Graduation season is upon us, meaning it’s time for everyone to have an existential crisis. Whether it’s the kids, rightfully freaking out about finding a job in this not quite all better economy, or the X-ers, realizing they’ve been out of school twice as long as they were in it, it’s all around you. Then there are the Baby Boomers, charged with giving speeches to guide the malleable youth. Follow your dreams and all that shit.
But there’s some counterintuitive advice out there, too, and not from Slate or “Wear Sunscreen.” It’s The New York Times! And they’re saying maybe skip school and just save the money. Learn a real skill, none of this sex and gender cultural theory nonsense. What’s Heidegger paying you anyway?
In his piece “Plan B: Skip College,” Jacques Steinberg, media writer and author of The Gatekeepers, about the admissions board at Wesleyan, makes the case against college — in a way, for some people.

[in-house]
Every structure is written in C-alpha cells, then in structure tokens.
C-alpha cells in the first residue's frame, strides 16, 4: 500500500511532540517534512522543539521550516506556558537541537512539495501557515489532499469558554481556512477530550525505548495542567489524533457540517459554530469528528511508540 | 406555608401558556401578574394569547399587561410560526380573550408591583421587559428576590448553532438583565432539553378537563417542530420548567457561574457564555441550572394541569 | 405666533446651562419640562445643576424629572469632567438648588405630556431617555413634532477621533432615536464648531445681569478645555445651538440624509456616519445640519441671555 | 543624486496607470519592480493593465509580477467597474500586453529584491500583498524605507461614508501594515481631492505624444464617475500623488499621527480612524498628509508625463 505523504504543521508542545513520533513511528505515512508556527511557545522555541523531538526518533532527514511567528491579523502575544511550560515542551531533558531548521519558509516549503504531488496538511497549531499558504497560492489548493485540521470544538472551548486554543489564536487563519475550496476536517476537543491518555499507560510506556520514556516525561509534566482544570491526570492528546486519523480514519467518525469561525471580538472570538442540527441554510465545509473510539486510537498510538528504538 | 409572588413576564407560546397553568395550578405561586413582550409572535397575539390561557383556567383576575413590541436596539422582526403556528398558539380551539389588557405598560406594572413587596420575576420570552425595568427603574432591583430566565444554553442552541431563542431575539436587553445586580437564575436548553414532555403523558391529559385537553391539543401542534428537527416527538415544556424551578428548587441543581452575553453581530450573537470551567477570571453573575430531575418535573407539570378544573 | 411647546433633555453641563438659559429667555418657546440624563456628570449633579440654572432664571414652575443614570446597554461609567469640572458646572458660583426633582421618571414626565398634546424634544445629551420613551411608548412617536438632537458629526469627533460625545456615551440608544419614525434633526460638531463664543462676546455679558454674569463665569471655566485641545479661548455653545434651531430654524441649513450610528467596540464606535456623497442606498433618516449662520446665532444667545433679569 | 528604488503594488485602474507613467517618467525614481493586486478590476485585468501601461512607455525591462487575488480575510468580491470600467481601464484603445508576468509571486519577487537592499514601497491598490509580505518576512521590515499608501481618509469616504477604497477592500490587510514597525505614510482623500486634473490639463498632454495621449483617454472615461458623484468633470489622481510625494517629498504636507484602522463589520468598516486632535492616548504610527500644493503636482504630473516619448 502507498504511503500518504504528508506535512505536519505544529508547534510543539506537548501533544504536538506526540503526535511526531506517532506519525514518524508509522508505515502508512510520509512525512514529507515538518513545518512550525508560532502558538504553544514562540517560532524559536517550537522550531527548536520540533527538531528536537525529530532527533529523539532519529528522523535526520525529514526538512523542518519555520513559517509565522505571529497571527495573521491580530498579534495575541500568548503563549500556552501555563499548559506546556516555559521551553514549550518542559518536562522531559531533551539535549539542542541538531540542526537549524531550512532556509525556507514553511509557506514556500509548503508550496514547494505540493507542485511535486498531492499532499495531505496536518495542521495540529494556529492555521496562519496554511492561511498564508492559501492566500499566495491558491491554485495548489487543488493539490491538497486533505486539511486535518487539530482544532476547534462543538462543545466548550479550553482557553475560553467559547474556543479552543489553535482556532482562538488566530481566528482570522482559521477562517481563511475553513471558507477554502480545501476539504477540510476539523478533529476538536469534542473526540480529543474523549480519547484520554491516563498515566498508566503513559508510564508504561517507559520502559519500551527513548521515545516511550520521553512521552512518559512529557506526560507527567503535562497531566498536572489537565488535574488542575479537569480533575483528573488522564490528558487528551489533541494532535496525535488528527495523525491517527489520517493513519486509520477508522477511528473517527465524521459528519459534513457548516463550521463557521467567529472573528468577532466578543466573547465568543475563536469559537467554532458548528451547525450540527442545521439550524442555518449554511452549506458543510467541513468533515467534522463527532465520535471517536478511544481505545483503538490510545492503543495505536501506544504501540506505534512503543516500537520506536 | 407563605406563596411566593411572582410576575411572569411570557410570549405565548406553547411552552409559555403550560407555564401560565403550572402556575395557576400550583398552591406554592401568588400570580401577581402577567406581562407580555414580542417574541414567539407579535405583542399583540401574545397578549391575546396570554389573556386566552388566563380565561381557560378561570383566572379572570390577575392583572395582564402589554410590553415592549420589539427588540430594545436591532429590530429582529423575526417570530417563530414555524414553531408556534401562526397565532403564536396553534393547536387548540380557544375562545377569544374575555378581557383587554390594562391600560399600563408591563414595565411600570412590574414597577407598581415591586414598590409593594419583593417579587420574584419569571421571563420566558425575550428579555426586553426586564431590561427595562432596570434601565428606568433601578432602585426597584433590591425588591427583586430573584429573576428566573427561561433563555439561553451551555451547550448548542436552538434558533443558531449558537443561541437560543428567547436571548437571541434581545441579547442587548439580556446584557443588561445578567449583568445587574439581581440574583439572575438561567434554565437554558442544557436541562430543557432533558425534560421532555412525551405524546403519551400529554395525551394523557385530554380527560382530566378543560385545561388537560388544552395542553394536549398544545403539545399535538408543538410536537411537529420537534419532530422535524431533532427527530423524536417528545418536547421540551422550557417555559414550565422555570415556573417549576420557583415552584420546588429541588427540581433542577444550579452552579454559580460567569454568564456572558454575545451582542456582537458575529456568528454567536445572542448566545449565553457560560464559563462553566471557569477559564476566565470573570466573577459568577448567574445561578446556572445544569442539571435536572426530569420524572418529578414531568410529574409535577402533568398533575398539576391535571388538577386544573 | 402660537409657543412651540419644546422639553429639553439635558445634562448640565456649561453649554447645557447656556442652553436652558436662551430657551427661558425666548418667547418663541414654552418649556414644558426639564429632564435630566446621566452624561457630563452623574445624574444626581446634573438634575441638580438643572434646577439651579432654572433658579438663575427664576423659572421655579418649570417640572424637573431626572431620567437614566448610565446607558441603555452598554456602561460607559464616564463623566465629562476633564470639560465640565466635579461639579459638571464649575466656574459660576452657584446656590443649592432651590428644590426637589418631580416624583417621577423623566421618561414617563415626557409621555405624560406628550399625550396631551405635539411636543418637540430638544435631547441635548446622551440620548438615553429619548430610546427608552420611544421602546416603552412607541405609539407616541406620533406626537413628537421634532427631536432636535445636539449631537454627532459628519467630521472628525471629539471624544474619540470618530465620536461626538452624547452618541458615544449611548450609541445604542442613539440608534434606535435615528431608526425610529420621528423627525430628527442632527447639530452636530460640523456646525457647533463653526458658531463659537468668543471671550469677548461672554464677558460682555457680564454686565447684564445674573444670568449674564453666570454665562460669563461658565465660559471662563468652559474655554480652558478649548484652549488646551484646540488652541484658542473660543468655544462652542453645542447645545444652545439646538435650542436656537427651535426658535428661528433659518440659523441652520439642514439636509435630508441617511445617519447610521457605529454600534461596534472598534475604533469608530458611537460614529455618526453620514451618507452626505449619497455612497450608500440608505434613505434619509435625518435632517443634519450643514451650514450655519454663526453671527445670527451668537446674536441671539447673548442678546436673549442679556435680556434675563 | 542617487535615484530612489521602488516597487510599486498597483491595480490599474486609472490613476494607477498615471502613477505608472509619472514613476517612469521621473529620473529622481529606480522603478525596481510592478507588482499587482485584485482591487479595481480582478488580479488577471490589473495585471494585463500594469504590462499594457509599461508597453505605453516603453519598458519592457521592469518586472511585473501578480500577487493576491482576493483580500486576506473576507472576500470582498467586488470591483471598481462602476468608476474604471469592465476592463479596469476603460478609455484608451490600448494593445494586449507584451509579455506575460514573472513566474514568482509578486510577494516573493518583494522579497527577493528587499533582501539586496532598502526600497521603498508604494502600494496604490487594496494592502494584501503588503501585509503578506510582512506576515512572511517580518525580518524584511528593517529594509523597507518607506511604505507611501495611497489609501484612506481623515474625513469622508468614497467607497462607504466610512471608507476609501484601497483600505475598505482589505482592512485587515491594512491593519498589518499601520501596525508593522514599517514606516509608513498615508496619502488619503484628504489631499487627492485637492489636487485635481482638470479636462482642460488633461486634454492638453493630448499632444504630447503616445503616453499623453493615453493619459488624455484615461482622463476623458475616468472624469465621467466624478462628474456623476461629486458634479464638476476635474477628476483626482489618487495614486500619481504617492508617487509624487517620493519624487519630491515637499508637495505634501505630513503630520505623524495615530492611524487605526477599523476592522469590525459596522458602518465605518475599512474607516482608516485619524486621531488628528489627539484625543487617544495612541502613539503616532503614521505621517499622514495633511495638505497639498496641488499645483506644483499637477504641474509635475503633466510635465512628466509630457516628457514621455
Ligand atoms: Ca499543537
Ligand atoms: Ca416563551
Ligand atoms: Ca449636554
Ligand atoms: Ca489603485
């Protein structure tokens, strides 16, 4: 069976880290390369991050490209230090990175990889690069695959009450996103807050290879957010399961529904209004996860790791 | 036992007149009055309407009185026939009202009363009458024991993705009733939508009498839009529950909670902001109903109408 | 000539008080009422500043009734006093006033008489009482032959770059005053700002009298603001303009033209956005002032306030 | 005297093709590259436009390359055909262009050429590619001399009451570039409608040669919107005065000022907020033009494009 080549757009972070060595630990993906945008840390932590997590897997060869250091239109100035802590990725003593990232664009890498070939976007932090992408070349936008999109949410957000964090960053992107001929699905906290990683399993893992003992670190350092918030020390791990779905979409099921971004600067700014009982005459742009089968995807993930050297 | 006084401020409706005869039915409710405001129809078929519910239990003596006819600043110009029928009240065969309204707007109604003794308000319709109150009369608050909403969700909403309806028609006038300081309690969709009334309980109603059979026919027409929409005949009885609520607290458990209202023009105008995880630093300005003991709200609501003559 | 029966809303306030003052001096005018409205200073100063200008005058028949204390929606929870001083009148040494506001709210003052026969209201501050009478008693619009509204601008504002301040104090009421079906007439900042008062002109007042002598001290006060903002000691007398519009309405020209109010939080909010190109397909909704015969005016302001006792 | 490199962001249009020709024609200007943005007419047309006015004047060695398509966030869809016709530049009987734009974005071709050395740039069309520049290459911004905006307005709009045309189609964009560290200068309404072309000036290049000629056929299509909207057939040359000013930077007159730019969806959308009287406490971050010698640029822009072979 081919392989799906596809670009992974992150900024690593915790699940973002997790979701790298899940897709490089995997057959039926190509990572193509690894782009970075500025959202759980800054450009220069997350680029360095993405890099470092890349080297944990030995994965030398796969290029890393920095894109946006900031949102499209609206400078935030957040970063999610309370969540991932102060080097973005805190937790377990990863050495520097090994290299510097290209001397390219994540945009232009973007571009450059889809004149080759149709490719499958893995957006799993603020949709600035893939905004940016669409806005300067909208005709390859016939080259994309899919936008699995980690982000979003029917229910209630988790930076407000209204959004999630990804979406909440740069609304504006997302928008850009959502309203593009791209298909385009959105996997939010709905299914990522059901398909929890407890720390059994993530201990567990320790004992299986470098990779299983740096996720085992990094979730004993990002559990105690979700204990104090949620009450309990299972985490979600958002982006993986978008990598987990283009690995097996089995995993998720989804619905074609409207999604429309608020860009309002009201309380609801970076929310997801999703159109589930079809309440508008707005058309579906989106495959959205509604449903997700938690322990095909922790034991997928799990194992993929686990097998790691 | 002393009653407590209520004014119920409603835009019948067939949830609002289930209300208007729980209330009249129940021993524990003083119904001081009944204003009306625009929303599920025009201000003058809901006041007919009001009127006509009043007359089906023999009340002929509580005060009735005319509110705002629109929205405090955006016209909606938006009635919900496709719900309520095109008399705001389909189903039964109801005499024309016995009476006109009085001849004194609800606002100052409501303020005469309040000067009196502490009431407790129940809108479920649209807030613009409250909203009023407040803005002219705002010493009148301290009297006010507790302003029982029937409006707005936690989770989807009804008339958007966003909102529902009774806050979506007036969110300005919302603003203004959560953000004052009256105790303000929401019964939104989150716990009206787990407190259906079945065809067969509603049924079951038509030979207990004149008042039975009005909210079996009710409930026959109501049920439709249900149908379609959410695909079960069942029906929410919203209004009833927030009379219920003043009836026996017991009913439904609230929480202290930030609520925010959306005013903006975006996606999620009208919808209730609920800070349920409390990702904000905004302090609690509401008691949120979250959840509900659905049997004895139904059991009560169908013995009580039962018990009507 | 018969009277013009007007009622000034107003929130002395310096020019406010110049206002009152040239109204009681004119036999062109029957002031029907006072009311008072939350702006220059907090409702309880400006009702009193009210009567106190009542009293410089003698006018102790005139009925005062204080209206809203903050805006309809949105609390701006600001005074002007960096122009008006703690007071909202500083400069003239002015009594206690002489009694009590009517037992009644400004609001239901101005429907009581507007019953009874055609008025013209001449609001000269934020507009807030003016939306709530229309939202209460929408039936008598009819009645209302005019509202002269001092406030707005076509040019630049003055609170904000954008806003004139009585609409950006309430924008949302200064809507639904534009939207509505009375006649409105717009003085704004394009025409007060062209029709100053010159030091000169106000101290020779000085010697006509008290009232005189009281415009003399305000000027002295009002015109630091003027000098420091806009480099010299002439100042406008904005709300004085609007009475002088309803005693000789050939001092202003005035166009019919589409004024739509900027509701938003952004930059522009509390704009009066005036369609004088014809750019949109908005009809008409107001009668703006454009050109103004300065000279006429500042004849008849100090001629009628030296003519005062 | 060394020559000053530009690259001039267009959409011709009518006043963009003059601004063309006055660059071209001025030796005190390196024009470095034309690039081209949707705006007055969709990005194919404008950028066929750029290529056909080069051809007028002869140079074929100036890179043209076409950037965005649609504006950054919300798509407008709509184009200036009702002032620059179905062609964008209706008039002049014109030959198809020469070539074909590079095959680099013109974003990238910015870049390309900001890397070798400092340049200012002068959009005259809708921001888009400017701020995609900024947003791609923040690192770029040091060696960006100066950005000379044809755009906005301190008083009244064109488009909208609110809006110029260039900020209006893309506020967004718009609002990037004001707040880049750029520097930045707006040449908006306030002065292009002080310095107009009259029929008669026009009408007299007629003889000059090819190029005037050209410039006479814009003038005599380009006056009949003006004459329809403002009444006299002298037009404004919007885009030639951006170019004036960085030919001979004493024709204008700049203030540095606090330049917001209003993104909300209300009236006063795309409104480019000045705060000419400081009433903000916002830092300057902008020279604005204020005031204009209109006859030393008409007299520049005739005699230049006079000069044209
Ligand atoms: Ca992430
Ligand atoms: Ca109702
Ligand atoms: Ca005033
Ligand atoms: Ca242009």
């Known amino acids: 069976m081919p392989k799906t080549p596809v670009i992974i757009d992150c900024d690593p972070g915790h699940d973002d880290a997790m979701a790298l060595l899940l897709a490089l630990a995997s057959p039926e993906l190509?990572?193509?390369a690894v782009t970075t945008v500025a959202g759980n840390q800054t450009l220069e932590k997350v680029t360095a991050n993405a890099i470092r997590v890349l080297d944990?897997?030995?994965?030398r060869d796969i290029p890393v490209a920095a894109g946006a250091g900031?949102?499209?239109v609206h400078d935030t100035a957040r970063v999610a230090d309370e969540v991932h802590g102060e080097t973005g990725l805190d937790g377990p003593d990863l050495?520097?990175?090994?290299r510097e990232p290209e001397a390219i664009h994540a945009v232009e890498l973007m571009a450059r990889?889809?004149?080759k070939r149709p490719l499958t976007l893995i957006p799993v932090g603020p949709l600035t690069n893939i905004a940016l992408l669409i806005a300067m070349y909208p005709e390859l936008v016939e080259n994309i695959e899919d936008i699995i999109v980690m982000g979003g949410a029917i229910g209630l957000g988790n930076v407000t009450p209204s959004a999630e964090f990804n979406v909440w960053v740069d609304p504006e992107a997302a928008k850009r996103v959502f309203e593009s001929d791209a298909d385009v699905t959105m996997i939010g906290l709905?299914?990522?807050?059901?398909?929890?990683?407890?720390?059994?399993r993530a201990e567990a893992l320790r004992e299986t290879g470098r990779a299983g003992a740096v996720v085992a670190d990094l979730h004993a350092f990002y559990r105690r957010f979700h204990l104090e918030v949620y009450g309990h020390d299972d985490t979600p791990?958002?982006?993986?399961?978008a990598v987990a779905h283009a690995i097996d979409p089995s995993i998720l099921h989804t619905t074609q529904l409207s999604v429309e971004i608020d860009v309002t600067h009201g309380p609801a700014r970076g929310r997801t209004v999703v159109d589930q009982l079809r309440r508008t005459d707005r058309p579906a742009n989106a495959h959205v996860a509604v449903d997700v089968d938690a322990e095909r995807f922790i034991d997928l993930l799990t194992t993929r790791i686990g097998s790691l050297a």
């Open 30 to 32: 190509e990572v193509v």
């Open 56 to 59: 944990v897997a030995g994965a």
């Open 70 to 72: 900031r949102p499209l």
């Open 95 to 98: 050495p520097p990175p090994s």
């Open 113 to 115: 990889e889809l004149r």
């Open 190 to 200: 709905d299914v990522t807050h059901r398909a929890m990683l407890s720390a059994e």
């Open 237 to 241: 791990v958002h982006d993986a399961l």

The idea of a college degree as a picture of success, Steinberg writes, is “rote” and “knee-jerk.” The economic crisis has clarified the question of whether everyone in college really needs to be there. The answer, according to graduation statistics and the price of tuition, is clearly no. But if not college, then what?
Well, “intensive, short-term vocational and career training, through expanded high school programs and corporate apprenticeships.” Like the old days! Because, as it turns out, “of the 30 jobs projected to grow at the fastest rate over the next decade in the United States, only seven typically require a bachelor’s degree.”
Among the top 10 growing job categories, two require college degrees: accounting (a bachelor’s) and postsecondary teachers (a doctorate). But this growth is expected to be dwarfed by the need for registered nurses, home health aides, customer service representatives and store clerks. None of those jobs require a bachelor’s degree.
You mean comparative literature isn’t as lucrative as it once was? There have been some whispers about this journalism thing, too.
On the other hand, there are the questions of money and unemployment, which favor those with degrees. Plus, the intangibles of college, which probably means getting laid? No one’s saying scrap the whole system, but …
“Some of them could have bought a house for what they spent on their education,” one expert says about the 15 percent of mailmen with bachelor’s degrees. Oh.
You, reading this blog: sorry you wasted so much money. Now, back to your New York Times.